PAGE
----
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Aberdeen, Guild Street, Joint Station

Railway Station (19th Century), Railway Station (20th Century), War Memorial (20th Century)

Site Name Aberdeen, Guild Street, Joint Station

Classification Railway Station (19th Century), Railway Station (20th Century), War Memorial (20th Century)

Alternative Name(s) Bridge Street; Aberdeen Joint Railway Station; Aberdeen (Joint) Station; Aberdeen Station; Bridge Street; Guild Street; Denburn Valley; War Memorial

Canmore ID 20038

Site Number NJ90NW 136

NGR NJ 94152 05889

Datum OSGB36 - NGR

Permalink http://canmore.org.uk/site/20038

Ordnance Survey licence number 100057073. All rights reserved.
Canmore Disclaimer. © Copyright and database right 2019.

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Digital Images

Administrative Areas

  • Council Aberdeen, City Of
  • Parish Aberdeen
  • Former Region Grampian
  • Former District City Of Aberdeen
  • Former County Aberdeenshire

Archaeology Notes

NJ90NW 136.00 94152 05889

NJ90NW 136.01 NJ c. 9410 0587 Aberdeen Joint Station, Aberdeen Centre signal box

NJ90NW 136.02 NJ 94066 05934 Aberdeen Guild Street Bridge

For adjacent Guild Street station and railway offices, see NJ90NW 209.

For (associated) Station Hotel at 74-8 Guild Street (NJ 941 060), see NJ90NW 317.

Joint Station [NAT]

OS (GIS) AIB, May 2006.

NMRS REFERENCE:

Aberdeen, Railway Station. (Joint Passenger)

Engineer: J. Lowson - reconstruction 1898-1912

EXTERNAL REFERENCE:

Register House. BR/LIB(S)/6 - 130 - 2.1/4 X 2.1/4 slides & notes on reconstruction of station.

Aberdeen, Railway Scheme.

Architect: Archibald Simpson projected scheme never carried out.

(Undated) information in NMRS.

(Location cited as NJ 942 058). Aberdeen Joint Station. Rebuilt 1913-20 by the Caledonian and Great North of Scotland Rlys. The last major Scottish railway station to be built. Formerly a 12-platform through and terminal station with a handsome classical 5-bay, 2-storey frontage. The booking hall has a pleasing curved, wood-panelled range of counters and unusual curved roof trusses. The main concourse has a ridged overall roof with curved roof trusses, and a well-designed train indicator board comparable with that at Glasgow Central (NS56NE 77.00). The platforms have steel-framed individual awnings, supported on cast-iron columns; those at the N end have been removed and some platforms closed.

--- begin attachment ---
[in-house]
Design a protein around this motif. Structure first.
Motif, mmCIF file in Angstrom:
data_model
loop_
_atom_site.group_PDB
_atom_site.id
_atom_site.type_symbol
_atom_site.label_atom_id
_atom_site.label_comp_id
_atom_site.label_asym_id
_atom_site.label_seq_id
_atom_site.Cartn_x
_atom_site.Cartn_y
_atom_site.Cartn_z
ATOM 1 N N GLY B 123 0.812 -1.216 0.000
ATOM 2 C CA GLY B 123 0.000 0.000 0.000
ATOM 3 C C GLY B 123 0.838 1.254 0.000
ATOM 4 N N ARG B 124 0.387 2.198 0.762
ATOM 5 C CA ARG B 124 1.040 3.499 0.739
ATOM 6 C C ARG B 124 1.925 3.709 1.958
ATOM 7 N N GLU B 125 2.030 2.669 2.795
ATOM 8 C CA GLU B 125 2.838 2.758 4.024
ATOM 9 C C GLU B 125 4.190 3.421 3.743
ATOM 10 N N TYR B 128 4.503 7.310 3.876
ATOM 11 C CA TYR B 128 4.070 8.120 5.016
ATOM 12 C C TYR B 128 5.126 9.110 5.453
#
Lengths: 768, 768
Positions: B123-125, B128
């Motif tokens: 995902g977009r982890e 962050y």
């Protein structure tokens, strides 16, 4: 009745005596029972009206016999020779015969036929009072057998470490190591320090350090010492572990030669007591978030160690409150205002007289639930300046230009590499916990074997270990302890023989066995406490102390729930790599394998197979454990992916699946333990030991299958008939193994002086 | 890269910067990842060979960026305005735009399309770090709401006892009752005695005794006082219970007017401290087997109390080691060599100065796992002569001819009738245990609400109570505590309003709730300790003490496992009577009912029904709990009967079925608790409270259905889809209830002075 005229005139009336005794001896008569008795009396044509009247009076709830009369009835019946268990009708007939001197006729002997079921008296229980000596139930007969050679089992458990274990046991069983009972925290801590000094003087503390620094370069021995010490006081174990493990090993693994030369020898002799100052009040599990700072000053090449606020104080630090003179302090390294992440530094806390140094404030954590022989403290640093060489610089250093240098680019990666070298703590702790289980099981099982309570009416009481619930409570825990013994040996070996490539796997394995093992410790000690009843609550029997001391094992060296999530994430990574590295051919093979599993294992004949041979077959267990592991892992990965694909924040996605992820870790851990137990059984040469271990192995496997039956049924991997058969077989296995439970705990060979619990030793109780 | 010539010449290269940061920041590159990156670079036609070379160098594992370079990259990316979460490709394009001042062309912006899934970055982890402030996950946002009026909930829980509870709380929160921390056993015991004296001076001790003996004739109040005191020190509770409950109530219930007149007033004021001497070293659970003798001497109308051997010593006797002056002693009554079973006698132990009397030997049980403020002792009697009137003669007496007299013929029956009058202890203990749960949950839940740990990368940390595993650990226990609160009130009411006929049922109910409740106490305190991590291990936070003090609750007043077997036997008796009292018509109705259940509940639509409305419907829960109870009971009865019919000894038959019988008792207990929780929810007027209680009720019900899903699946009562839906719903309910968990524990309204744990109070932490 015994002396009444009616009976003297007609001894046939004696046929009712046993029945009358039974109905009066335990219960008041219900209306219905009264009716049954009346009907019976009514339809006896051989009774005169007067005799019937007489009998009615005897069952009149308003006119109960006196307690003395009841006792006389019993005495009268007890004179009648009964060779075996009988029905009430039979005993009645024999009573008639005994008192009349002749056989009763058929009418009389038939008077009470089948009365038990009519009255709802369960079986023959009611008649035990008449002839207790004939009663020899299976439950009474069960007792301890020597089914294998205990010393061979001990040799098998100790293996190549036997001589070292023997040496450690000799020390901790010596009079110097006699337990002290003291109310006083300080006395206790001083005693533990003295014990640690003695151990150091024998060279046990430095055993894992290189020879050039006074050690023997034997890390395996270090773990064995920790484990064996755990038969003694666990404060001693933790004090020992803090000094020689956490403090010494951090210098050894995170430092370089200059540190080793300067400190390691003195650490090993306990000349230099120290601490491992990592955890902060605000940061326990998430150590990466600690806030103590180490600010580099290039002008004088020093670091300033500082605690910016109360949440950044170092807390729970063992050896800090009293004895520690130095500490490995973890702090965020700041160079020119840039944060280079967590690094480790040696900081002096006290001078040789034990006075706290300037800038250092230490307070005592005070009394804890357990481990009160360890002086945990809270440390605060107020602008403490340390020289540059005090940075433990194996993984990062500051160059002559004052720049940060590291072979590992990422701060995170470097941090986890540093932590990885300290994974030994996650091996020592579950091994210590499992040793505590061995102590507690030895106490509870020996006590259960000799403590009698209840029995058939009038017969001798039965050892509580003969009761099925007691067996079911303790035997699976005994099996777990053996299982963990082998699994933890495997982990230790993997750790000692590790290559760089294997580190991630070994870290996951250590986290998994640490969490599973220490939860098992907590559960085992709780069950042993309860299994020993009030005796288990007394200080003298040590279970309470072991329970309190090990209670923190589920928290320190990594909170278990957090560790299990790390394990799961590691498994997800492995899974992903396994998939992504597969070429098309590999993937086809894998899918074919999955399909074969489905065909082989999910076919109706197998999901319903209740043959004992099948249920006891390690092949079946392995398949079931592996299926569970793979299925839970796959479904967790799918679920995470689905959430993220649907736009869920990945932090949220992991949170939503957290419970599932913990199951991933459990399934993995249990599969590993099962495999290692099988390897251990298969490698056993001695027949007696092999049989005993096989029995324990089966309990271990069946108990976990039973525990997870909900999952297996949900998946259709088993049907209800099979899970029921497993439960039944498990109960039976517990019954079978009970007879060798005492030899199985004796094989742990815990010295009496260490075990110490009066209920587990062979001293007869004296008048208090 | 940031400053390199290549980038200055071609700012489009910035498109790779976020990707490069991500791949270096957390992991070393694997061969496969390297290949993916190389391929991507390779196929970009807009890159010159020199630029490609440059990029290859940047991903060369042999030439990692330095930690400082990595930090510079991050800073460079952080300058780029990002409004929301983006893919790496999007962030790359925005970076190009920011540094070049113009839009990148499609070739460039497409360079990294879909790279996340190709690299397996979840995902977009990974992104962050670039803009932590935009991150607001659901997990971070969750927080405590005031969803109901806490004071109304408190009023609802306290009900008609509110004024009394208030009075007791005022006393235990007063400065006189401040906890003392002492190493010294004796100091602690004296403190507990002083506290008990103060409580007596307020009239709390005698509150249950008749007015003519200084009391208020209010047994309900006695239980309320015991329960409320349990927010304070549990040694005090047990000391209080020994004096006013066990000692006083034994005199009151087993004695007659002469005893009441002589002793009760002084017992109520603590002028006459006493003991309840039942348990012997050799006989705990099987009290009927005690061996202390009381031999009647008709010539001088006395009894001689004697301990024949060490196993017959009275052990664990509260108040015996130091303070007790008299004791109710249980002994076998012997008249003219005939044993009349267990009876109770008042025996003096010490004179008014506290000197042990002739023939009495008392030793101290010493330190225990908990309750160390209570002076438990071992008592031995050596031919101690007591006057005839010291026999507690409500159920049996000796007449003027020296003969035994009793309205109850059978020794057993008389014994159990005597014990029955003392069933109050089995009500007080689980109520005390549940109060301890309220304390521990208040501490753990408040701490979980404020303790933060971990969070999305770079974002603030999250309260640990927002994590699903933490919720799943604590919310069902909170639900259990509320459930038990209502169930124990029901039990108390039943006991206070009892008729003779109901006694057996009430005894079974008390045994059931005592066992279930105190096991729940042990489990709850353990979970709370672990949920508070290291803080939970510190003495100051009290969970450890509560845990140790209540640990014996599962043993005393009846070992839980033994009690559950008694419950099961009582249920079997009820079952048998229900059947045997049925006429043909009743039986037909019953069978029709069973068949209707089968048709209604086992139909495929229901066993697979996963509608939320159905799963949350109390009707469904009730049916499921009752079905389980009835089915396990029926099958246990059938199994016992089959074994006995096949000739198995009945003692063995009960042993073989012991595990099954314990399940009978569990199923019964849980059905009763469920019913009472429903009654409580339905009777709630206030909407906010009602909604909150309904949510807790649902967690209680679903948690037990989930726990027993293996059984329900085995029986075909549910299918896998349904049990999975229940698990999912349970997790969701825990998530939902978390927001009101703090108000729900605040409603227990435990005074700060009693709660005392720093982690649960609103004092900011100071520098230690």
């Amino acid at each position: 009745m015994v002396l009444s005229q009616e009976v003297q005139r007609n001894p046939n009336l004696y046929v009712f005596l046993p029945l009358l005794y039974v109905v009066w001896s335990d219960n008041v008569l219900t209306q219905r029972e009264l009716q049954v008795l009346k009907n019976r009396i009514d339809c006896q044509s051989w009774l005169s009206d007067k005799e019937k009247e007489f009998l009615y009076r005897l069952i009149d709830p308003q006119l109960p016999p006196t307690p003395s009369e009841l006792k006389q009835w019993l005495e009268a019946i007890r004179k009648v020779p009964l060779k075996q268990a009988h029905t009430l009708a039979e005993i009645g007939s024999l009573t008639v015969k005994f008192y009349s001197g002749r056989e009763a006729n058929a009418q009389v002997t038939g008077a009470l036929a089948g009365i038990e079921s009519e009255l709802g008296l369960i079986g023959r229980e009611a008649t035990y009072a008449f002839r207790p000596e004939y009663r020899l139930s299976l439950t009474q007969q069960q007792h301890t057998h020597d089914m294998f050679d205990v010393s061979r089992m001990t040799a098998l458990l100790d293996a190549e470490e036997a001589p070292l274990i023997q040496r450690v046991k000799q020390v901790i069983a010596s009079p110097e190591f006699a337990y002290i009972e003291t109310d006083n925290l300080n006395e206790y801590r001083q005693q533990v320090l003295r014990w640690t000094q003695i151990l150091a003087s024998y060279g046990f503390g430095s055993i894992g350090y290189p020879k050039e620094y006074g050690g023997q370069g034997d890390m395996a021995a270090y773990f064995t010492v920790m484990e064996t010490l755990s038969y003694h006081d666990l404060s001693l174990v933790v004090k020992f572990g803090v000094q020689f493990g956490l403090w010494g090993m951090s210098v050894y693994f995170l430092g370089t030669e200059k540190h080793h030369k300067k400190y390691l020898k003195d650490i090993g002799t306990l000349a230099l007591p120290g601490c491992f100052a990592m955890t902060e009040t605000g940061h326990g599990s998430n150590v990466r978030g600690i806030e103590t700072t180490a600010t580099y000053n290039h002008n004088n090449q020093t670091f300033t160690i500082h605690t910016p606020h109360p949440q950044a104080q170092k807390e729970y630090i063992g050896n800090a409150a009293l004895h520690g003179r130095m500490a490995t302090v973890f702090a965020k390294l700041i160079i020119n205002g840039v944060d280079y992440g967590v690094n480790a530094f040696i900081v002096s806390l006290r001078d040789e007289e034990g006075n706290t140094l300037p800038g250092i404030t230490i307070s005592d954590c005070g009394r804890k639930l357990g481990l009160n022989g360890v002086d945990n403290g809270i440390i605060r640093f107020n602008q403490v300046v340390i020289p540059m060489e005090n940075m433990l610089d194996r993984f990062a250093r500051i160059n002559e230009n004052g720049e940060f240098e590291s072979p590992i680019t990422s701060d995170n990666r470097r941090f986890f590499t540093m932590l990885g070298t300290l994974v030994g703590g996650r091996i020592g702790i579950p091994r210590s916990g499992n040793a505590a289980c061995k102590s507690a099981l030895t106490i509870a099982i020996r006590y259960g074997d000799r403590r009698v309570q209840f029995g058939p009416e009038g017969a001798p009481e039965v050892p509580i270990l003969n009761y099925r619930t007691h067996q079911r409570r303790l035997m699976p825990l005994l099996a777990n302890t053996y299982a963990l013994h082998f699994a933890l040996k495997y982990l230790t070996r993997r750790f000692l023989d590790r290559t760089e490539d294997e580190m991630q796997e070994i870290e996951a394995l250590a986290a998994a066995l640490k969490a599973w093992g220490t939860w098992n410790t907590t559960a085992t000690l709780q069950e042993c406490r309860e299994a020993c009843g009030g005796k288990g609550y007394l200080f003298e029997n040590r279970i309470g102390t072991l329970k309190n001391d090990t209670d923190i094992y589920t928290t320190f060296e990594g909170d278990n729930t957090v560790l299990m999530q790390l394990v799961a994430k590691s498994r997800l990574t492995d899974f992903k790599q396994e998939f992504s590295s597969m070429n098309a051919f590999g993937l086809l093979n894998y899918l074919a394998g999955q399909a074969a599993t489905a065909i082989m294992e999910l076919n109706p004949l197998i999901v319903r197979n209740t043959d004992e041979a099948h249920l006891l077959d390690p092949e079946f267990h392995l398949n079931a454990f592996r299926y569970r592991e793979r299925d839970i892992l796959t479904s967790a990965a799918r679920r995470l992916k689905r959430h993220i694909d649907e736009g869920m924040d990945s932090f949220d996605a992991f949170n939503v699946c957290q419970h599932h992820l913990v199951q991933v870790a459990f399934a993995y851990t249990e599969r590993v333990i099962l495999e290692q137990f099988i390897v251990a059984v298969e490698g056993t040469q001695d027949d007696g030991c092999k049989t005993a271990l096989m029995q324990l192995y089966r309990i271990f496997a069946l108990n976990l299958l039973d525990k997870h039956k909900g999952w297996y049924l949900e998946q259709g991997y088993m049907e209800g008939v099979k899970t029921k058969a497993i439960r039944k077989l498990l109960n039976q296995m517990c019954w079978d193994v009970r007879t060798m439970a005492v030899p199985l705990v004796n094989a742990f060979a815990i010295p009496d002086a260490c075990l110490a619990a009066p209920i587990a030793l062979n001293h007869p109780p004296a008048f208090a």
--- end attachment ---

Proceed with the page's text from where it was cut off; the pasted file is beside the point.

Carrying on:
J R Hume 1977.

The new travel centre opened in 1978 replacing the old panelled booking office and leaving some old woodwork still to be seen in the ladies waiting room. A further refit took place in the mid-1980's; this included marble panelling, terrazo flooring and a relocation of the station bookstall.

B Williams 1988.

This station was opened on 4 November 1867, replacing Aberdeen, Guild Street (NJ90NW 209) and Aberdeen, Ferryhill (NJ90NW 334). It was renamed Aberdeen by British Railways in 1952, and remains in regular use by passenger traffic.

R V J Butt 1995.

(Location cited as NJ 942 058). This station was modernised in the 1980s.

(Newspaper reference cited).

NMRS, MS/712/83.

Prior to the completion of renovations to Aberdeen Joint Station, RCAHMS carried out a full and extensive photographic survey, in May 1999. This included views within the station, exterior shots, and the booking hall roof, then hidden by a false ceiling.

Visited by RCAHMS (MKO), April 1999.

Air photographs. Aberdeen railway station and the Denburn area: AAS/00/08/CT.

NMRS, MS/712/100.

Activities

Publication Account (2007)

Joint Station, Aberdeen

The promoters of the Aberdeen Railway and the GNSR planned a joint station in the centre of Aberdeen. Although initial proposals were published in 1850, the year that the railway opened to the south, it was not until 1867 that an enlarged version was eventually built near the west side

of the harbour to the design of William Smith, city architect,with John Willet being responsible for the design and construction of the train-shed.

This station, said to be have been modelled on Victoria Station, London, had a magnificent arched roof 500 ft long and 102 ft wide. The facade was constructed of ashlar granite from Kemnay. The main walls were 30 ft high and were finished at the ends by square towers that added a further 20 ft to the height. The crown of the roof was 70 ft above ground level. The ironwork contractor was J. Abernethy and Co.

By 1911 a larger station was required and plans were made. This was a difficult task as disruption to the travelling public had to be avoided and the old station had to be demolished before constructing the new one. Work

began in 1912, demolition of the old station was completed in 1913, and the new station became operational in 1914.

The new station comprised 13 platforms. Much of the masonry of the office accommodation was freestone from Northumberland rather than local granite which was deemed too expensive. The new roof, covering the present concourse, with its light and airy appearance was smaller

than the old roof, being 245 ft long and 97 ft wide, covering an area not entered by trains. The platforms, extending north and south from the concourse, were provided with umbrella-like steel roof trusses for almost their entire lengths.

Recently the station has been reduced in size and modernised but the basic structure remains.

R Paxton and J Shipway, 2007.

Reproduced from 'Civil Engineering heritage: Scotland - Highlands and Islands' with kind permission from Thomas Telford Publishers.

Project (February 2014 - July 2014)

A data upgrade project to record war memorials.

References

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